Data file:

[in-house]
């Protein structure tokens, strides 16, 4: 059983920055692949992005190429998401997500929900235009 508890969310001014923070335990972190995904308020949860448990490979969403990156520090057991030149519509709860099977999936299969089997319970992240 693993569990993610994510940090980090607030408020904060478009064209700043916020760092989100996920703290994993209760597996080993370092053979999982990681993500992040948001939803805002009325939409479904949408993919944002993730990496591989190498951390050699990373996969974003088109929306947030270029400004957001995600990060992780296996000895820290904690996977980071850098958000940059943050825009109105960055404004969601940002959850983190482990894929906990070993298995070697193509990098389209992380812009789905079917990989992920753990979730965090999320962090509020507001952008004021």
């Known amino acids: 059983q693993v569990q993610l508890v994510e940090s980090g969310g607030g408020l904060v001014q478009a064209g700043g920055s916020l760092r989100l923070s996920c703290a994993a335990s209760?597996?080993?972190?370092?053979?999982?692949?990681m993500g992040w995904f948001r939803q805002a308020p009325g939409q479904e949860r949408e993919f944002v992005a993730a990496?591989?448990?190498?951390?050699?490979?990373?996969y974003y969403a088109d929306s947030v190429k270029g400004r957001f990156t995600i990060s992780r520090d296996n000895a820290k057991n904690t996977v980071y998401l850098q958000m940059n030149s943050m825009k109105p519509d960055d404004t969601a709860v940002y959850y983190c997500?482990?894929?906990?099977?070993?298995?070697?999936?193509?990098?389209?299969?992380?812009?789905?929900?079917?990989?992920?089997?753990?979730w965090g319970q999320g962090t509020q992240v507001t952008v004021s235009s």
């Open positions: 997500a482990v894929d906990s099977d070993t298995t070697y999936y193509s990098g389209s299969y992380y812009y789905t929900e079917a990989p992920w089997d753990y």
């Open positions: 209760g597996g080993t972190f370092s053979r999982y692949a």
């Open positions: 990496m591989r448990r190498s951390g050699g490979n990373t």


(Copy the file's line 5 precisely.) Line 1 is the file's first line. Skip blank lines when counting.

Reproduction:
């Open positions: 209760g597996g080993t972190f370092s053979r999982y692949a």